conditions
Interior
Edge
Corner
PCC Slab
Subbase
Subgrade
PCC Slab
Subbase
PCC Slab
Base/Subbase
PCC Slab PCC Slab PCC Slab
K value
Typical Load Stress Values
(Axle Load = 20,000 lb, p = 100 psi)
170 240 125 500/stiff 10
200 290 145 100/soft 10
125 180 90 500/stiff 12
240 340 180 500/stiff 8
Corner
Stress,
psi
Edge
Stress,
psi
Interior
Stress,
psi
k, pci Slab t, in.
1
13 12
11 10 9
8 7 6
5
4
3 2
Truck Loading (1993
Guide):
Truck factors
ESALs
:
Temperature Effects
Differential
temperatures at the
top and bottom of the
PCC slab result in
slab curling
Temperature
differentials are
usually expressed as
linear temperature
gradients
D
e
p
t
h
,

i
n
52 56 60 64 68 72
Temperature,
o
F
Top of PCC Slab
0
6
3
9
6 AM
11 AM
7 PM
3 PM
Linear idealization
of 3 PM gradient
Effect of Temp. Gradients in
PCC Slabs (Curling)
Warmer at top
Cooler at top
TENSION
Slab displacement for positive gradient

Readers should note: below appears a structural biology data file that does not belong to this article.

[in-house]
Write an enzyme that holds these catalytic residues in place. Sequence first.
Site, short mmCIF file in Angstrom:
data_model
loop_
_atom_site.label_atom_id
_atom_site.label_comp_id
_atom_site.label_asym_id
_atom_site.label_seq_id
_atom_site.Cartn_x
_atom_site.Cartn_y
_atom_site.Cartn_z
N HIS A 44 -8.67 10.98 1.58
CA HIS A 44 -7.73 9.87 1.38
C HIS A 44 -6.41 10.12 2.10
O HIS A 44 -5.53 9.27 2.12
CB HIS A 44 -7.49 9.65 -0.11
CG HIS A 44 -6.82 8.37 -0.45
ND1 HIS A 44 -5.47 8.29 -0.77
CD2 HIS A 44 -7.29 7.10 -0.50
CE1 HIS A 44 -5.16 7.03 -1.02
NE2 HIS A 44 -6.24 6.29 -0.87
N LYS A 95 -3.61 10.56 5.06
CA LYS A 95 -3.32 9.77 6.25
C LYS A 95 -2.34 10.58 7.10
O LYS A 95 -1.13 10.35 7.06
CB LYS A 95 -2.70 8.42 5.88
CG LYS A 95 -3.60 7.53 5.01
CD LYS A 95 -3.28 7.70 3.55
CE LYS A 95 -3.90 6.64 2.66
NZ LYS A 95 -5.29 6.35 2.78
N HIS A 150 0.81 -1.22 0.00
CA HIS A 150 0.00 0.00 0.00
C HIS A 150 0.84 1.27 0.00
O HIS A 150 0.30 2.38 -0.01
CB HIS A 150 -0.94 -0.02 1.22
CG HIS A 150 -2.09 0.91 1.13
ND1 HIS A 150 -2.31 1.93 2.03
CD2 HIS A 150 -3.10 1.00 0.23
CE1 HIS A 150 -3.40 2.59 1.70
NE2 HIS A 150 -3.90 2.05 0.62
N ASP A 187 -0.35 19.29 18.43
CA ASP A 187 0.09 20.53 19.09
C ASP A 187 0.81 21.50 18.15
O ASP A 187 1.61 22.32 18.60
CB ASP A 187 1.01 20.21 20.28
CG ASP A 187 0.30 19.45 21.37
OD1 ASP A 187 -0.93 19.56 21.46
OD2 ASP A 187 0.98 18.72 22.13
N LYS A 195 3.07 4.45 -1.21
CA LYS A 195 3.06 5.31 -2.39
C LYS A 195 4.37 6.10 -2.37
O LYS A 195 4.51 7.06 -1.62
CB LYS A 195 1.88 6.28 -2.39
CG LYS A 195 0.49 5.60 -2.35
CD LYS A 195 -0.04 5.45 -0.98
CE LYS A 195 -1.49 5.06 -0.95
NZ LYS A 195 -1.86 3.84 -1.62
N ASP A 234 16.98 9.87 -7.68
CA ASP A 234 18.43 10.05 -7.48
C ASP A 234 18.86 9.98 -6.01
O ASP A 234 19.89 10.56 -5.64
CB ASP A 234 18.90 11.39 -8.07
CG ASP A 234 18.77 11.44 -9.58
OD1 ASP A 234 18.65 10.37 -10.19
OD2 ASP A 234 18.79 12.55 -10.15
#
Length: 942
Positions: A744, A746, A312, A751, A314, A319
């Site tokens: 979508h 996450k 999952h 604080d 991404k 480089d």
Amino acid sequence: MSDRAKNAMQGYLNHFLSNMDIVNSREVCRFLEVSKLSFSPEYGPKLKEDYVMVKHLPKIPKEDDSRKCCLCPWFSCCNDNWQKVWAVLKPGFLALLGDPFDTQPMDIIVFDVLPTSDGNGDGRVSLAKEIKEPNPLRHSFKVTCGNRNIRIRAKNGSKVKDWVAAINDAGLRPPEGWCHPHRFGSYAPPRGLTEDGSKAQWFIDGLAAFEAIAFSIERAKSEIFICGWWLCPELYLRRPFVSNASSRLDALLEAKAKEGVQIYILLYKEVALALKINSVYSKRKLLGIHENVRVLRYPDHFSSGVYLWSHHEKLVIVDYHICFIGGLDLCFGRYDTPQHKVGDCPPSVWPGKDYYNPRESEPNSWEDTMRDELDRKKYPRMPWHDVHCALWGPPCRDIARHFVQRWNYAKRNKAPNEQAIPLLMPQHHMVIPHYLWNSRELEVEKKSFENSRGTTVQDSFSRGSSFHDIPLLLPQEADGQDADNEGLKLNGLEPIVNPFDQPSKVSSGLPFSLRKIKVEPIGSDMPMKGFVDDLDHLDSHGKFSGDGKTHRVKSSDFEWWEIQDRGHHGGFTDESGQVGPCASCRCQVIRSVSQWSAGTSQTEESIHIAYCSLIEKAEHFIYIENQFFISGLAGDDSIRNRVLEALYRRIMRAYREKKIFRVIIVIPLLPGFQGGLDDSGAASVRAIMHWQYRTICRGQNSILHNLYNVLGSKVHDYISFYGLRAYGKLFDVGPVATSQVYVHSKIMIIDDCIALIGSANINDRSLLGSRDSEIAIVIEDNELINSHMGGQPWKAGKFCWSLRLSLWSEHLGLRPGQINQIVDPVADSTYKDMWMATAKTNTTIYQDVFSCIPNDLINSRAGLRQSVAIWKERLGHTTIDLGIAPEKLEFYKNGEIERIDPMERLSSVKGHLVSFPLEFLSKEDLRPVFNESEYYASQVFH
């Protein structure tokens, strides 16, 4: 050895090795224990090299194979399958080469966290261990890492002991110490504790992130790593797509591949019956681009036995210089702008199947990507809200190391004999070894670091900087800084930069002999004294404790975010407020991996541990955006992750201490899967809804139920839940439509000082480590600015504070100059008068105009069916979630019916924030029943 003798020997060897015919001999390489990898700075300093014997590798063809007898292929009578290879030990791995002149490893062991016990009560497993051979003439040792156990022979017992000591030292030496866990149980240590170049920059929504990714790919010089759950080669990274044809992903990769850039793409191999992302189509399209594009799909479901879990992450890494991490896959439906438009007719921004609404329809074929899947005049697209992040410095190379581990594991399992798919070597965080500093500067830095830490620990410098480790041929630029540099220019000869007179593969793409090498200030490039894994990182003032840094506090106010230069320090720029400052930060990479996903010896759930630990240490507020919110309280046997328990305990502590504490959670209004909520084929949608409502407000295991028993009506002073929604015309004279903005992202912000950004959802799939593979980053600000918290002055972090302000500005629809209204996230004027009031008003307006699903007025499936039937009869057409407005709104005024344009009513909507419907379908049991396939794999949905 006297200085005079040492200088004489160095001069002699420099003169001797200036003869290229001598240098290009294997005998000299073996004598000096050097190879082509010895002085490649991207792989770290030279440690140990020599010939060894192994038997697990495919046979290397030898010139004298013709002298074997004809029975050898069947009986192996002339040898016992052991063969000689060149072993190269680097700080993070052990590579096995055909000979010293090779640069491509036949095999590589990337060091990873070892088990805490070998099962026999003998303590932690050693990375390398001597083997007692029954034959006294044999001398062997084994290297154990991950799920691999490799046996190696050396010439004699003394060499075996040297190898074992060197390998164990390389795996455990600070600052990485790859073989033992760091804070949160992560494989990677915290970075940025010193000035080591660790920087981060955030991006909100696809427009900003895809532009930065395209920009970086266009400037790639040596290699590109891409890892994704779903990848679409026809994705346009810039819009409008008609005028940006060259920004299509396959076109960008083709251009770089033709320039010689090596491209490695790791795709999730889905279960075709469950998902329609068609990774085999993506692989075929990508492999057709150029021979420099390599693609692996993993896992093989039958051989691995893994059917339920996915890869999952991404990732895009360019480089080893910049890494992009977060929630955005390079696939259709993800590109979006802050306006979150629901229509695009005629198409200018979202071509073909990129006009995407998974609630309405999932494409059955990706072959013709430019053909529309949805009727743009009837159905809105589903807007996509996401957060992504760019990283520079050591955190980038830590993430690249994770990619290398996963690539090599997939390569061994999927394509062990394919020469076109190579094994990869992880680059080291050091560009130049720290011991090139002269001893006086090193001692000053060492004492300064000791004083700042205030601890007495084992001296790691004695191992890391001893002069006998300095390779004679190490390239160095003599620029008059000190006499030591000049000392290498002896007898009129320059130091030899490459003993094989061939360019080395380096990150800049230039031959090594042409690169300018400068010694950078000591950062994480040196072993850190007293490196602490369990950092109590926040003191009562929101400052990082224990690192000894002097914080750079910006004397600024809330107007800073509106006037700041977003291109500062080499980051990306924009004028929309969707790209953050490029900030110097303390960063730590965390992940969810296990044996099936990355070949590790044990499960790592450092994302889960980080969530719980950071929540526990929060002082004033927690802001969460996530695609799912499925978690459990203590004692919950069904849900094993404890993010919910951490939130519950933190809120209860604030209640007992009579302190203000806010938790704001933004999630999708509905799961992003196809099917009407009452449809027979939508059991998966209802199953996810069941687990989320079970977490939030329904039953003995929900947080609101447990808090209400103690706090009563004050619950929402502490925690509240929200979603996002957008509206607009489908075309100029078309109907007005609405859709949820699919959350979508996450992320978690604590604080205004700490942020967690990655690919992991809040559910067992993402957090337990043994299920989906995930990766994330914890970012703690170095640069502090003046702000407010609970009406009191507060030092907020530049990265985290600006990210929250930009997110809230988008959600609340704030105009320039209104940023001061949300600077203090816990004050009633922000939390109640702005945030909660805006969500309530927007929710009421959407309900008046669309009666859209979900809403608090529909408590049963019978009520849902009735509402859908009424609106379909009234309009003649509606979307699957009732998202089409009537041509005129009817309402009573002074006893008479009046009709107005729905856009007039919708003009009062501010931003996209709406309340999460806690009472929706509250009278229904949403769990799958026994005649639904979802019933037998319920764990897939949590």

COMPRESSION
Temperature
De
pth
Temperature
De
pth
Slab displacement for negative gradient
Curling Stresses
Positive gradients produce
tensile stresses at the bottom of
the pavement slab
Critical when wheel load at
slab edge
Negative gradients produce
tensile stresses at the top of the
pavement slab
Critical when wheel load at
slab corner
Magnitude depends on slab
properties, support conditions,
and thermal gradient
l
Typical Curling Stress
Values
For long slabs, t = 10 in., a = 0.000005 in./in./F,
E = 4,000,000 psi, temp. diff = 30 F,
then, Edge Curling Stress = 300 psi
For slabs, 12 ft wide & 20 ft long,
then, Edge Curling Stress = 270 psi (long.)
and Edge Curling Stress = 100 psi (trans.)
12 ft
20 ft
Warping Stresses
Moisture difference between top and bottom
of slab
Greater moisture at top of slab results in
downward warping and vice versa
Moisture contents through slab in:
Wet climates fairly constant
Dry climates top is drier that bottom
Warping Stresses
Slab top wetter than bottom
Slab bottom wetter than top

Drying Shrinkage Stresses


Loss of moisture in hardened concrete leads
to shrinkage of slab
Shrinkage resisted by friction of the base
Slab contraction
due to moisture loss
Base frictional forces
Temperature Shrinkage
Stresses